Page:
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Marino Franchitti without a drive despite big win

Marino Franchitti is having to take time away from the track. Picture: Getty

Marino Franchitti is having to take time away from the track. Picture: Getty

  • by JIM MCGILL
 

A FORTNIGHT after winning the Sebring 12-Hours — the oldest sportscar race in America, and second only in the world in endurance terms to the Le Mans 24-Hours — Bathgate’s Marino Franchitti has rapidly reacquainted himself with the rigours of everyday domestic life. Why? Because he doesn’t know when he’ll race again.

It seems unfathomable that in a sporting world in which decidedly mediocre footballers get paid millions of pounds for occupying the substitutes’ bench, one of the world’s fastest sports-car racers is looking for work.

Franchitti’s most recent demonstration of his ability came in the closing 21 minutes of the Sebring 12-Hours, fought out in the Florida darkness on the notoriously bumpy 3.7-mile circuit.

Sharing the Ganassi Ford EcoBoost Riley Daytona Prototype with Californian Scott Pruett and Mexican Memo Rojas, the 35-year-old Scot had taken over the driving in third place with 90 minutes of the incident-packed race remaining.

Midway through the stint, he pitted for fresh tyres and fuel, and as he exited he noticed the “pit closed” sign being illuminated: another yellow flag caution. Rejoining the field, he and the other cars lapped behind the safety car before darting into the pits when, eventually, they opened. With 21 minutes remaining, Franchitti led as the race went green for the final sprint to the flag. His nearest rival? Fellow Scot Ryan Dalziel. The Airdrie-born Florida-based racer was in a faster LMP2 car but was separated from the rear of Franchitti’s Ford by three cars from other classes.

What followed was a display of impeccable, on-the-edge racing as the boy from Bathgate fought to seal not only the biggest win of his career, but the first at Sebring for the all-conquering Ganassi team, and Ford’s first since 1969.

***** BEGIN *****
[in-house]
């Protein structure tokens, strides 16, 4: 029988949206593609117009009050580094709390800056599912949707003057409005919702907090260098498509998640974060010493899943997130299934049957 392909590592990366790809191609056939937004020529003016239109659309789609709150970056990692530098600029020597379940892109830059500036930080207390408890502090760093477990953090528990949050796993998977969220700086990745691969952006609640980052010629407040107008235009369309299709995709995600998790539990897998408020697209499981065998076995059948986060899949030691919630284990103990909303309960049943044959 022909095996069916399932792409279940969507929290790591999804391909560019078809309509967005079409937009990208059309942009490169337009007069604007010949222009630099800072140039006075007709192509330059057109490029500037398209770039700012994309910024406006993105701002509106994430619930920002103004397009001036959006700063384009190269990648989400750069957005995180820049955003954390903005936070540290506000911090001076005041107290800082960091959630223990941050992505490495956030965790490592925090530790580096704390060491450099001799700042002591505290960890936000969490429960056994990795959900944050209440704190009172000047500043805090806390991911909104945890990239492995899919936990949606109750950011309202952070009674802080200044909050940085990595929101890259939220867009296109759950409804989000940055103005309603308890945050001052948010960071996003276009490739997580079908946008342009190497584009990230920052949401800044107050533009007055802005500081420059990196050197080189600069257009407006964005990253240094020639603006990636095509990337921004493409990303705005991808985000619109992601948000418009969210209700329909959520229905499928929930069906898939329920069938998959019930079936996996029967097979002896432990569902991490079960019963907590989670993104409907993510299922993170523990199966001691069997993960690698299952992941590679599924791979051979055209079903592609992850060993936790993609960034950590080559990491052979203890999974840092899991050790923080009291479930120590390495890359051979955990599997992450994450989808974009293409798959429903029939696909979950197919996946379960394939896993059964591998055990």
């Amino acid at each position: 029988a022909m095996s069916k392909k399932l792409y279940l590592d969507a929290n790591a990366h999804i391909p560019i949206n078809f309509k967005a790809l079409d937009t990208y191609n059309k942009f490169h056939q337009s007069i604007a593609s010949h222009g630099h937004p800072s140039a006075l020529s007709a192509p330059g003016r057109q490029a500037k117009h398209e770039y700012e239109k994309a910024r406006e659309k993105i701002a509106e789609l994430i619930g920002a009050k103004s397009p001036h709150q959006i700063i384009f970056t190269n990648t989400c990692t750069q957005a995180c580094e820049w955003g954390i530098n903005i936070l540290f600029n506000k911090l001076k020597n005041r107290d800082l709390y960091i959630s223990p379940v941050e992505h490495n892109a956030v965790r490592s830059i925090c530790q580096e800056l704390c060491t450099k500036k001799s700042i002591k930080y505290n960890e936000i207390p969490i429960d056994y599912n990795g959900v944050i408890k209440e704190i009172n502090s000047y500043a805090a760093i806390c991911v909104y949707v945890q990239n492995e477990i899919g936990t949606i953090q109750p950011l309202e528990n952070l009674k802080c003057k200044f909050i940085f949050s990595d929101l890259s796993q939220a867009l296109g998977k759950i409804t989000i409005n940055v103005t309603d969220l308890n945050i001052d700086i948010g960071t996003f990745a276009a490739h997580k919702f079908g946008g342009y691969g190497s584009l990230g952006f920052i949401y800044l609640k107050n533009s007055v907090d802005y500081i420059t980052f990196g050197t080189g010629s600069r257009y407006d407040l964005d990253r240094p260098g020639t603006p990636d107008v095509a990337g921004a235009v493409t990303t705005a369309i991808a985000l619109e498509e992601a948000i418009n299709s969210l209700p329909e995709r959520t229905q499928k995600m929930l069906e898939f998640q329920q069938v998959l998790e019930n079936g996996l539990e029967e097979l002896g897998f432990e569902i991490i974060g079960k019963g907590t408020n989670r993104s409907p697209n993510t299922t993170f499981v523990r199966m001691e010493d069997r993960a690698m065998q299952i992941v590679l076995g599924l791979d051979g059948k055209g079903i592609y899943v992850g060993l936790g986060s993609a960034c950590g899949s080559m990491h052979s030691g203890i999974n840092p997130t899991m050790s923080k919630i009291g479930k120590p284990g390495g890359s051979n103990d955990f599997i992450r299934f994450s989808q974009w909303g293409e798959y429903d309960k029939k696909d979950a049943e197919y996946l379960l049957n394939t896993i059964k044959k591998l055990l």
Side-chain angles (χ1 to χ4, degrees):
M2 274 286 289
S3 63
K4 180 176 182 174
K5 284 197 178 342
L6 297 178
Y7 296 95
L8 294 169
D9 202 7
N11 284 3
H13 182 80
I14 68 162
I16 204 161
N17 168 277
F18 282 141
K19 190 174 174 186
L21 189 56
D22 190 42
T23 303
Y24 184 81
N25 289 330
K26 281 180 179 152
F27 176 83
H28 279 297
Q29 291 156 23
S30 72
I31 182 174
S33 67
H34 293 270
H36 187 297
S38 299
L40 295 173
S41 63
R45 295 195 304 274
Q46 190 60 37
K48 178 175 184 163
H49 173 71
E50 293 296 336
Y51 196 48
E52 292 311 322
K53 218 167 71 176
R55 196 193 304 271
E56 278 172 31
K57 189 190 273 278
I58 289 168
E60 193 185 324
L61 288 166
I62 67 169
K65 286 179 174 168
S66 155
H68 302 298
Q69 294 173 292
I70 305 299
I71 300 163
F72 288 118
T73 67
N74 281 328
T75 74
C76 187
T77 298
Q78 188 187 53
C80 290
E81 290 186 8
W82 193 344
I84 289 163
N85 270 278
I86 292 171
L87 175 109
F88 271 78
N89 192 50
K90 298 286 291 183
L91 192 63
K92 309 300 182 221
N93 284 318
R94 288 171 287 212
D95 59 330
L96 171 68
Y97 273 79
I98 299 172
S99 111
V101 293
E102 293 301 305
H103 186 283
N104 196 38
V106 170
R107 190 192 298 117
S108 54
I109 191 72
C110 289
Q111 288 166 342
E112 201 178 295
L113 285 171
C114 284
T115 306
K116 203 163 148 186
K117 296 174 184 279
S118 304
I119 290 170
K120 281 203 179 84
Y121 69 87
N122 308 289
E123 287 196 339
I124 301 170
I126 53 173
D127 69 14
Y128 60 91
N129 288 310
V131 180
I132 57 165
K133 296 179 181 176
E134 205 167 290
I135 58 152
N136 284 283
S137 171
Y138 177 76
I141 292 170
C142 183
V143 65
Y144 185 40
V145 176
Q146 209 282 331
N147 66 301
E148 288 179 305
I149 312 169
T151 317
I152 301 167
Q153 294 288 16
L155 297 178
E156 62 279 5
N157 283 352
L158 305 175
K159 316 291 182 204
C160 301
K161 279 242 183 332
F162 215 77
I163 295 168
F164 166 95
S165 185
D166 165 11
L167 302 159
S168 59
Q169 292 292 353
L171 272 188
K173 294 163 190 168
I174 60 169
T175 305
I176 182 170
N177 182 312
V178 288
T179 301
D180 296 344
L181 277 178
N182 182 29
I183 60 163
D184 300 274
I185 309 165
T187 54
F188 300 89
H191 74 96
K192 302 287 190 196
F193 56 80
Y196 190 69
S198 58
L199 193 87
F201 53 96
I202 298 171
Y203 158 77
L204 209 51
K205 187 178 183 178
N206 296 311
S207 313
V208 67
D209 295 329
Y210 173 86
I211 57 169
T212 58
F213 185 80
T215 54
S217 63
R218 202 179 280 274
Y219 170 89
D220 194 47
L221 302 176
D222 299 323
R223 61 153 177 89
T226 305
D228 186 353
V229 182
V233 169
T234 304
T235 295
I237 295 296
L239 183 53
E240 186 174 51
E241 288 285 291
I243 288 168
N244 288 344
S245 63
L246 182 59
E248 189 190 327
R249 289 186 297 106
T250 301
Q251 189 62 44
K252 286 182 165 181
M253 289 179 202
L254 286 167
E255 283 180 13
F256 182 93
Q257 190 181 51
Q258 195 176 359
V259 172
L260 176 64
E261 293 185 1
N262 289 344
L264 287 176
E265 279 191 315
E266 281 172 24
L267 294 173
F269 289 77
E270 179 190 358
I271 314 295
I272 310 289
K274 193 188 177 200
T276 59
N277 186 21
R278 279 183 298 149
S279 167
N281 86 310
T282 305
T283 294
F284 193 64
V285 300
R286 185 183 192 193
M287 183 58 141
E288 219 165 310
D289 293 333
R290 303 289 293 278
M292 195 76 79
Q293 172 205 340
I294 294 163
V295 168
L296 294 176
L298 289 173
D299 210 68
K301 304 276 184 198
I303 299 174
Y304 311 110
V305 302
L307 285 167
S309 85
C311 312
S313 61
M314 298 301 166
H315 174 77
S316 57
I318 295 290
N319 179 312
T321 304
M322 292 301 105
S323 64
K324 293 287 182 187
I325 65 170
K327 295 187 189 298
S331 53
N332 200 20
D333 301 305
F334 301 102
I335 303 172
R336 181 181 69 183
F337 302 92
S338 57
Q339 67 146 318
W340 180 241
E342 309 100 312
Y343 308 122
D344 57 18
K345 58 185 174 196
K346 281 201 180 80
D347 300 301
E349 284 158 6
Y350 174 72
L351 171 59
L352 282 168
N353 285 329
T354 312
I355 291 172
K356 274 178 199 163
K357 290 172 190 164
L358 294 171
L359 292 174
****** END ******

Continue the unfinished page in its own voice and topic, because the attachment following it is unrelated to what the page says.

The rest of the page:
“I knew Ryan was four cars back in second, and realistically, Ryan’s LMP2 car was a second-and-a-half a lap faster than us,” Franchitti explained. “I knew it was going to be difficult to hold him off, but I thought I’d give it a go. As soon as I saw the green flag, I took off and managed to open a gap, doing the car’s fastest laps in the race.

“I expected Ryan to come right up behind me, but by utilising the cars between us I was able to maintain the gap. Once I got back into traffic, the gap came down a bit, but I was being fairly careful: not too careful, but not taking any unnecessary risks.

“With just a couple of laps to go, we caught more traffic, and thankfully it worked for me and I was able to open the gap marginally. That was the pivotal moment, because I was able to hold it to the chequered flag.”

In the end, the gap to Dalziel was 4.682secs. Franchitti’s controlled assessment downplays the intensity of what was happening within the claustrophobic cabin of the Ford, and — more importantly — within the confines of his race helmet.

Sebring is not billiard table smooth. It has bumps: and with his Ford not being fitted with the third, smoothing damper which the LMP2 cars enjoyed, Franchitti’s car at times resembled a bucking bronco, as the painful deep bruises on his back testified. On four occasions – between 2008 and 2011 – he had finished second at Sebring, and last year he took the LMP2 class win. So the overall win was, for Franchitti, the dream result. Was he conscious of what was on the line over those closing minutes, not just for himself, but for Ganassi and Ford?

“You just concentrate on your job: you’re not thinking about anything else,” he explained. “At that speed, and in those conditions, you can’t allow your mind to waver for a split second. I felt pretty calm. I knew what I had to do, and I was just trying to stay in the moment and take each corner as it came; deal with the traffic; not look too far ahead; and win the race. Of course, when I went across the line, I was thinking about what we’d achieved. But in the race. you’re just concentrating on doing the job.”

Job done, you would assume it would be on to the next race, and Le Mans in June: not so. And at the root of it — as was the case with his cousin Paul di Resta losing his F1 seat — is money.

“I have nothing on my plate for the rest of the year: no more races,” admitted Franchitti, backed at Sebring by Nashville-based Big Machine Records. “Unfortunately a lot of guys seem to be bringing a lot of money to ensure their seats — a bit like F1 — so that’s making it difficult.

“It’s very tough out there in this economic climate, and certainly results aren’t necessarily the currency to get you into a race seat. The advancement of paying drivers has to be a negative for the sport. Of course, you’re always going to have other drivers, but it just makes it difficult for people like myself to make a living from a job that I do well.

“I’ve built up years of experience, and experience comes at a cost to teams. I can only hope there are teams out there that are not willing to compromise on anything, and will continue to give me those opportunities.”

Shortly after his Sebring win, Franchitti received an email from five-times Le Mans 24-Hours winner Derek Bell. It read: “If you can win at Sebring, my boy, you can win anywhere.”

Perhaps Derek Bell should have copied a few teams into the same email.

 

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